It’s not Claudio Reyna’s first rodeo when it comes to building an expansion team from the ground up. Reyna, of course, was instrumental in launching New York City FC and preparing the franchise for their 2015 MLS debut.
But even as he was announced as Austin FC’s new sporting director last month, and expressed his excitement about the new project before him, he noted just how much MLS has changed in recent years.
“It’s just this challenge again; I’m really energized by it,” Reyna said in a conference call. “When you look at the possibilities, and how the league's changed from when [NYCFC] came in. It’s hard to compare from 2015 to 2021, when [Austin FC] comes in. The league has completely changed in terms of the different mechanisms of bringing players in, the competition in general, the profile of players that are coming in.”
While he acknowledged the challenge, he also showed enthusiasm for the chance to build a second expansion team, noting, “It’s exciting to put your fingerprints on something.”
For Austin FC CEO Anthony Precourt, it was Reyna’s experience in building a new team in MLS, and his understanding of the league’s intricacies, that made him such an attractive sporting director candidate and led Precourt to make yet another splash following the hiring of highly-coveted MLS and US national team assistant Josh Wolff and the opening of a $45 million training facility in North Austin.
“Hiring someone with Claudio’s gravitas and experience as a player and executive with NYCFC, it's a big day for our club, and it's a big hire for us,” Precourt observed. “Claudio obviously had a tremendous career as a player. He understands the Concacaf region with his national team duty, and then obviously he transitioned into a leadership role, and you know, there's no better place to learn than City Football Group.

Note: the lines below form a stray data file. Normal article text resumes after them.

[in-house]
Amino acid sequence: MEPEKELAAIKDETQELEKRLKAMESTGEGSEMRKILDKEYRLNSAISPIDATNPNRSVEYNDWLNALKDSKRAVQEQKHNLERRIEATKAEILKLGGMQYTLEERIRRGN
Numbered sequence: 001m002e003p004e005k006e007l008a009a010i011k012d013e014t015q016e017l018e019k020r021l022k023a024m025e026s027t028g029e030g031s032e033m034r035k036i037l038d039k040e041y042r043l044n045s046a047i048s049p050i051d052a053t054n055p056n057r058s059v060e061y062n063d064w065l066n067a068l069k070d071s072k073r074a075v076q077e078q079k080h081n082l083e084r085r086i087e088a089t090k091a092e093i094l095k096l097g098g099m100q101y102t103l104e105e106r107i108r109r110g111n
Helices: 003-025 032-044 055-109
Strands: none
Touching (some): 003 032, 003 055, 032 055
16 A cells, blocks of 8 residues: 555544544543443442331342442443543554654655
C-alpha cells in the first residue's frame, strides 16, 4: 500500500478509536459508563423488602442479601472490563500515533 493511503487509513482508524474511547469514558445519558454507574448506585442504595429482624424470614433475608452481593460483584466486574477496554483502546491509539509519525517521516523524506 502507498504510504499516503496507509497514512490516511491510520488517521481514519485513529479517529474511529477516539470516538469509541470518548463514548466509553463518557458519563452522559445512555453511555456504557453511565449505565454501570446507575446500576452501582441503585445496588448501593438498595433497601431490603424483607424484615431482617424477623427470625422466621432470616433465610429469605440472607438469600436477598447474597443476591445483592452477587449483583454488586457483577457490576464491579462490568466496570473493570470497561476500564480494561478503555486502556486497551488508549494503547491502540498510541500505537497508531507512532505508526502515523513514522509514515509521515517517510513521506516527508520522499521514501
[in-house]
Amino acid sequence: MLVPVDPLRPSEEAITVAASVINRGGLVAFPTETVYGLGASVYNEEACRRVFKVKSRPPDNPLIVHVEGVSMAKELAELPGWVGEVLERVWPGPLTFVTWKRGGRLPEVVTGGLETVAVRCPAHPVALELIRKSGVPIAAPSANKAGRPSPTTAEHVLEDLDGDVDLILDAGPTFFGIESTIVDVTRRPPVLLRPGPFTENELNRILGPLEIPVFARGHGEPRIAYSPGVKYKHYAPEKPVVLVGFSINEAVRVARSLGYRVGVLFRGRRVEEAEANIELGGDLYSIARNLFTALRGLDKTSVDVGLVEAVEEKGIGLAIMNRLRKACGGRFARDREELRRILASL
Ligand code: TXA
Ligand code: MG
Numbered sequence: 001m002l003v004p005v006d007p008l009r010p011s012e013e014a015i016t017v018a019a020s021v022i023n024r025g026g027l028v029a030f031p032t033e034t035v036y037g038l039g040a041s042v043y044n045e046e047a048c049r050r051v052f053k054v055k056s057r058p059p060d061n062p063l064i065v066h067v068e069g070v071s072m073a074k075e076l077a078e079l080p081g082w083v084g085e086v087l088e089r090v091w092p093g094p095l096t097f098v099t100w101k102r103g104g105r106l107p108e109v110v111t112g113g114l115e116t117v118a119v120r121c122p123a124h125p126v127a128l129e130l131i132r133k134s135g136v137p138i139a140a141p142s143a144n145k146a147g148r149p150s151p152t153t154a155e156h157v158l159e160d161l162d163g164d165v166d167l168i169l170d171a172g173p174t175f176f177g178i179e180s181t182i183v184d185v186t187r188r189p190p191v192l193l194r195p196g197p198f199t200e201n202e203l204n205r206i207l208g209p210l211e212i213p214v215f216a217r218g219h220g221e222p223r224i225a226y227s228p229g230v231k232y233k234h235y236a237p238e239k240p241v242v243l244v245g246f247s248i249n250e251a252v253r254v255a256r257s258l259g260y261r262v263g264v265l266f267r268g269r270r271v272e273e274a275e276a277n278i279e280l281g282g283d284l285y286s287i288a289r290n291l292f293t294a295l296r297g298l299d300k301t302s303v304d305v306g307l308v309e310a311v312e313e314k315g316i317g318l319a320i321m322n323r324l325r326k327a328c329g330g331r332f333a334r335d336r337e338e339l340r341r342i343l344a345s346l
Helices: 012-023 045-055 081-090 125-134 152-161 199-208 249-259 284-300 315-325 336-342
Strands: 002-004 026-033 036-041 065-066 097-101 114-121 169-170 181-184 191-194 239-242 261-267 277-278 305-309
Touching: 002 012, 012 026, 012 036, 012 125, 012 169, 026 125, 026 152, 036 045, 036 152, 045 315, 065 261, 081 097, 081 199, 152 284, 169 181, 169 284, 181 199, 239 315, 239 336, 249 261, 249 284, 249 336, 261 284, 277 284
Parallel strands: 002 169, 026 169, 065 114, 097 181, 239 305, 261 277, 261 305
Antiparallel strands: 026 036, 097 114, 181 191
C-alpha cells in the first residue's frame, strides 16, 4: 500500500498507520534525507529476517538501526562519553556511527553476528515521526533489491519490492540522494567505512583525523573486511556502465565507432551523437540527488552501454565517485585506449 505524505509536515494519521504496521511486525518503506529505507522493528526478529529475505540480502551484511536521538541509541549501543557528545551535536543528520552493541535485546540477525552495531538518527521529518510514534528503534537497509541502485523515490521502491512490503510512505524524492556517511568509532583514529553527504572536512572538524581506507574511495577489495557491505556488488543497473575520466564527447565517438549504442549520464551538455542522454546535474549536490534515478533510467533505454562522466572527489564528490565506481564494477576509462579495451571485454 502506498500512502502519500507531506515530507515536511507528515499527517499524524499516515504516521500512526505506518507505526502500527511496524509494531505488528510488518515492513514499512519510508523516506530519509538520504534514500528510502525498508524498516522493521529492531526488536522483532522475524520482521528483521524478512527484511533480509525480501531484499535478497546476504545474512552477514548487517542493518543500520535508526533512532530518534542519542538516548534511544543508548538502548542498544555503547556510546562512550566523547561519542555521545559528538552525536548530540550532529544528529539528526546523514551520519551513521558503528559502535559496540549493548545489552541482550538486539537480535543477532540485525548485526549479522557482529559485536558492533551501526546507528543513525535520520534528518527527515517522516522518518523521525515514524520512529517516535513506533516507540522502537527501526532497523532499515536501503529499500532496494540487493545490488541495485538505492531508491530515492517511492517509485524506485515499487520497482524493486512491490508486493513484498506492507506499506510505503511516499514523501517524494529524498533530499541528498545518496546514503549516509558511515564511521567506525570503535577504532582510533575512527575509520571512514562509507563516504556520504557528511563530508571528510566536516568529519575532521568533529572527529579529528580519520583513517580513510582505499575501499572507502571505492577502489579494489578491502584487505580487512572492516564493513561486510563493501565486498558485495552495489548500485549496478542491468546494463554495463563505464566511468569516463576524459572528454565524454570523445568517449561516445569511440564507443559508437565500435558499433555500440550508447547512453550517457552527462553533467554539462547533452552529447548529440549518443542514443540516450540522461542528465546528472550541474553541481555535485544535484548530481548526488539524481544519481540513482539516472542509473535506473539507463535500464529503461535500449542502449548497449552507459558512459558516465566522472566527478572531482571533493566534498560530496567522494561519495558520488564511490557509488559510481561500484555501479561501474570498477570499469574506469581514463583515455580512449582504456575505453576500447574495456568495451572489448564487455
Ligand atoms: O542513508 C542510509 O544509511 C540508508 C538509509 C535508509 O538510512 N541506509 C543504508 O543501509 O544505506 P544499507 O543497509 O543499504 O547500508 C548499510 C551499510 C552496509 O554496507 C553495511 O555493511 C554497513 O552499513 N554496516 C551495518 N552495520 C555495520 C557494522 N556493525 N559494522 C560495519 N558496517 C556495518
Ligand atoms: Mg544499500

“In terms of MLS IQ,” Precourt added, “he just understands our league and the acquisition mechanisms really, really well. He also has a global perspective, playing in Germany and England and Scotland, and he just has a lot of relationships. His network of contacts across Europe in the United States are second-to-none. He's got a real keen eye for talent.”
Precourt also noted that Reyna’s bilingualism is an additional asset in being able to connect with Spanish-speaking players. Reyna noted that one of the most significant league changes has been the trend toward young, talented players from Central and South America, and Precourt alluded to his ongoing interest in scouting Mexico as Austin FC looks to building its inaugural season roster.
While Reyna noted he’ll be working in close collaboration with Wolff, his former teammate on the USMNT, to build the roster, he’ll bring the philosophy with him that allowed him to build a diverse and international yet cohesive roster in New York.
Asserting that he’s open to signing players from “all leagues and any country,” Reyna noted his excitement in getting to work on assembling the squad.
“It's a process that needs a lot of collaboration,” he noted. “We need scouts. We need to recruit players, which I think is going to be easy with a city like Austin and a club like Austin FC. And then also, when they get to the club, we have to make them better players. It’s not just the scouting and the recruitment; it's also the work that we’ll do to make those players successful.”
There’s a bit of a bittersweet element for Reyna leaving. He characterized leaving NYCFC for this opportunity as a difficult decision, adding, “I feel really good about what we've done in New York, leaving behind a great academy, and a very competitive first team that is only going to be better next season.”
But he also underscored the excitement of coming to Austin to begin this new project and this new phase of his career.
“It’s a very energizing, exciting opportunity at a new club in this incredible city,” he proclaimed. “That was just something that that fit for me. And, you know, I really can't wait.”